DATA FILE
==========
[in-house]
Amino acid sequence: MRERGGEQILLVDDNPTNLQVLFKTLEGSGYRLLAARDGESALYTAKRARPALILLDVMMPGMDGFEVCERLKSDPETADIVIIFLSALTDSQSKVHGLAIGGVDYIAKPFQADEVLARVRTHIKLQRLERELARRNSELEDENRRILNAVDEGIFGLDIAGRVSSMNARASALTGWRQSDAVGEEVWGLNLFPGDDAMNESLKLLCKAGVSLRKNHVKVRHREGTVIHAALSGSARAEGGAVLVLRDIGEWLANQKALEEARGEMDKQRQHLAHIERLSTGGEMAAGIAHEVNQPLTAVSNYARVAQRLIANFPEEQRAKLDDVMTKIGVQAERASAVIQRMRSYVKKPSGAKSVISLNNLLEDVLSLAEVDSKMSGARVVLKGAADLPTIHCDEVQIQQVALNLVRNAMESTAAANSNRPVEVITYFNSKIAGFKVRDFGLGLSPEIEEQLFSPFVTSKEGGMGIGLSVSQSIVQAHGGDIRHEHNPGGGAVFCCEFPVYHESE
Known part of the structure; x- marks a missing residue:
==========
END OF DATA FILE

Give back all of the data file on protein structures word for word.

[in-house]
Amino acid sequence: MRERGGEQILLVDDNPTNLQVLFKTLEGSGYRLLAARDGESALYTAKRARPALILLDVMMPGMDGFEVCERLKSDPETADIVIIFLSALTDSQSKVHGLAIGGVDYIAKPFQADEVLARVRTHIKLQRLERELARRNSELEDENRRILNAVDEGIFGLDIAGRVSSMNARASALTGWRQSDAVGEEVWGLNLFPGDDAMNESLKLLCKAGVSLRKNHVKVRHREGTVIHAALSGSARAEGGAVLVLRDIGEWLANQKALEEARGEMDKQRQHLAHIERLSTGGEMAAGIAHEVNQPLTAVSNYARVAQRLIANFPEEQRAKLDDVMTKIGVQAERASAVIQRMRSYVKKPSGAKSVISLNNLLEDVLSLAEVDSKMSGARVVLKGAADLPTIHCDEVQIQQVALNLVRNAMESTAAANSNRPVEVITYFNSKIAGFKVRDFGLGLSPEIEEQLFSPFVTSKEGGMGIGLSVSQSIVQAHGGDIRHEHNPGGGAVFCCEFPVYHESE
Known part of the structure; x- marks a missing residue: